Friday, May 28, 2010
The iPad is here! 1. The wow factor.
In a few blogs I thought it might be interesting to give some reflections on this exciting piece of technology.
In this post I'll look at the wow factor. Next I'll consider some shortcomings as I see them, then finally I'll explain how I have already put the iPad to use.
Perhaps the first thing to say is, yes, it is exciting, VERY exciting. Ok, I am an ageing geek, and a recent convert to Apple, with all the fervour if any neophyte. So don't take my word for it. Let me tell you about the reactions of people I have showed it to. People are just wowed by it. My 78 dad has put it high on his wish list. The IT department at the school where i am chaplain took it round the departments demonstrating its potentiality with enthusiasm. People who casually ask for a glimpse are surprised and impressed.
But what is so good about it? After all, isn't it just an extra-large iPod touch, a mega iPhone without the phone? It may look impressive, but is it really useful? What can it do that is not already done by iPhone or Laptop? And aren't there other Slate devices?
Well let me make clear this is not the device to end all devices, just ad the iPhone wasn't the phone to end all phones. But just as most smartphones now have the look of the iPhone about them, so I am really convinced that the iPad has set a new paradigm which will be widely copied.
Why? Well, it’s not that the iPad is perfect (more of that in a later post). But it is very impressive.
Graphically the iPad is stunning. The colours are bright. Images are crisp and striking. It's what people notice immediately when they see the iPad for the first time. Video is really good. I've watched many episodes now of Spooks with great pleasure. Tvcatchup (the iPhone site) streams live TV beautifully, and the new BBC iPlayer beta (released only on 27th May) is similarly wonderful. The YouTube app is great too.
Surfing the web is a dream. The screen size (about A5) gives a great view of a whole page, and zooming in is easy. The text is very readable and photos great. When you surf the web you realise how great a difference the size makes. While the iPhone made the mobile experience of surfing the web manageable, the iPad makes it pleasurable. It would not be an kind of exaggeration to say that this is the best web surfing experience available. If I want to surf the web - this is the device of first choice.
And from that flows some excellent apps which draw content from the web. News apps with a high photo-content excel. IMDB is also outstanding. There are also apps such as Elements, a kind of Cd Rom (remember them?) of the periodic table which combine encylopaedic data with web links to external sites, such as Wolfram Alpha. There is plenty of scope for more, and they will be great.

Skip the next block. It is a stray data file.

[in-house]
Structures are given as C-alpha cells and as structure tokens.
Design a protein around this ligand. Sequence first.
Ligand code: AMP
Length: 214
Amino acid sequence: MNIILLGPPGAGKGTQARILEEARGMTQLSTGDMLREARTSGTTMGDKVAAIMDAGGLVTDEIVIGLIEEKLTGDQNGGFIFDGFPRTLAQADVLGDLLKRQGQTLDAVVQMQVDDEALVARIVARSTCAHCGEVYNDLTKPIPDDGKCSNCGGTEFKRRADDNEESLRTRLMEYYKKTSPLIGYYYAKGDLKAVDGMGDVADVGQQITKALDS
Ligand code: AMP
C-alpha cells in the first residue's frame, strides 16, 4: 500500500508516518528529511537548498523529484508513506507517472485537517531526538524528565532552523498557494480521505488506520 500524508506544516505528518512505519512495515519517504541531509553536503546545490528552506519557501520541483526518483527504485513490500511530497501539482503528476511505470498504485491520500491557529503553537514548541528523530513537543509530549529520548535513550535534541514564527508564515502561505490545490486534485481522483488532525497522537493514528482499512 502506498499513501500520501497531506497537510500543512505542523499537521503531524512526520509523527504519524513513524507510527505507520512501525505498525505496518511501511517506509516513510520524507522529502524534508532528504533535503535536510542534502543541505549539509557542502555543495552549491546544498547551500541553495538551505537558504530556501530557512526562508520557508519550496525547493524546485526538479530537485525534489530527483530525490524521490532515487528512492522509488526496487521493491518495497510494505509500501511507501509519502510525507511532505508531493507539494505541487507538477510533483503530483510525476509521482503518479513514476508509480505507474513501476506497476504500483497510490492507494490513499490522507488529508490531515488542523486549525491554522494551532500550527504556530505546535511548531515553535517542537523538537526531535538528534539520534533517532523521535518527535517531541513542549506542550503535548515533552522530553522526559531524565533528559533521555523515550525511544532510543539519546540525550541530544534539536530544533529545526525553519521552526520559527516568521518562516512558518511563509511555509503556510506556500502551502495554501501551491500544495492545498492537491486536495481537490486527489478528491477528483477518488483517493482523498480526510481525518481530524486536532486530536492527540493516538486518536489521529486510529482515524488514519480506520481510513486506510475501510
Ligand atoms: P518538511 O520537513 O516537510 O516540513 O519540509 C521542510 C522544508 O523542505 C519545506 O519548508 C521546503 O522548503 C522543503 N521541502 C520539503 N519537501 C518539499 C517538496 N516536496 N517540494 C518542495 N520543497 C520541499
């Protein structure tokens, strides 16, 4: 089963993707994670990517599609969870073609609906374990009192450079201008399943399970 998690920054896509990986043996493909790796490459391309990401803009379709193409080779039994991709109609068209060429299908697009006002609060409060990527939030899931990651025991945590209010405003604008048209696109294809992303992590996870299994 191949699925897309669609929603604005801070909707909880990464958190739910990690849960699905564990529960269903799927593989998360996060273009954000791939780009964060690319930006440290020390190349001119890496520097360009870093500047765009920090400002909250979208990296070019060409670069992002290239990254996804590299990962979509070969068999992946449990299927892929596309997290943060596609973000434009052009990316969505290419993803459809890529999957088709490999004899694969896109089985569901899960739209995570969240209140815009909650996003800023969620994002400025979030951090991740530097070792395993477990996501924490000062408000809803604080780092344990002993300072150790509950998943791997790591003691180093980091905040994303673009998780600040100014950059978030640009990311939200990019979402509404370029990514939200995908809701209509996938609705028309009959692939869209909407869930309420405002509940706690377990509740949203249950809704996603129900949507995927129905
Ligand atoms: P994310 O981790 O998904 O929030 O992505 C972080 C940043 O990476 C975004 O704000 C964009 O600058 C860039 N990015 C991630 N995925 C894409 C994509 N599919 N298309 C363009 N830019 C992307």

As a book reader, too, the iPad functions extremely well. The iBooks and Kindle apps work beautifully (iBooks has more features, though Kindle has far more books). Turning pages, leaving bookmarks and notes and even looking up on the dictionary (iBooks) are supported. There is little need to consult help files or installation instructions - the interface is simple, inutitive and effective. There is also an excellent app FreeBooks which draws on public domain titles. It is also possible (using iTunes and iBooks) to create your own books, though I've yet to find an epub book creator that really works for me (you really need the epub format to use book readers well) Perhaps epubs, like PDFs will become standard file types for text editors in the future.
The maps app is very impressive, again illustrating what a difference the screen size makes even with basically the sane set of features as we have been familiar with on the iPhone and iPod touch.
The mail and calendar applications similarly enhance familiar functions from the iPhone and just make them, well, easier and more pleasurable. Though perhaps they also create expectations: I'm probably not the only one who's tried to move from week to week by swiping the screen.
Sitting on the desk, the iPad looks a little like one of those photo frames, and while that may seem to undervalue the device, it also indicates another use of the device which it does wonderfully well. As a way to display your photos, it is just great, and there are already some very powerful photo-editing apps available which mean that as an accompaniment to a photographer on the road - including the professional - it is very usable.
The overall experience is just, well, very impressive. My Dad desribed it as ‘magical’ and I don’t think he’d seen Steve Jobs keynote (I don’t think he even knows who Steve Jobs is).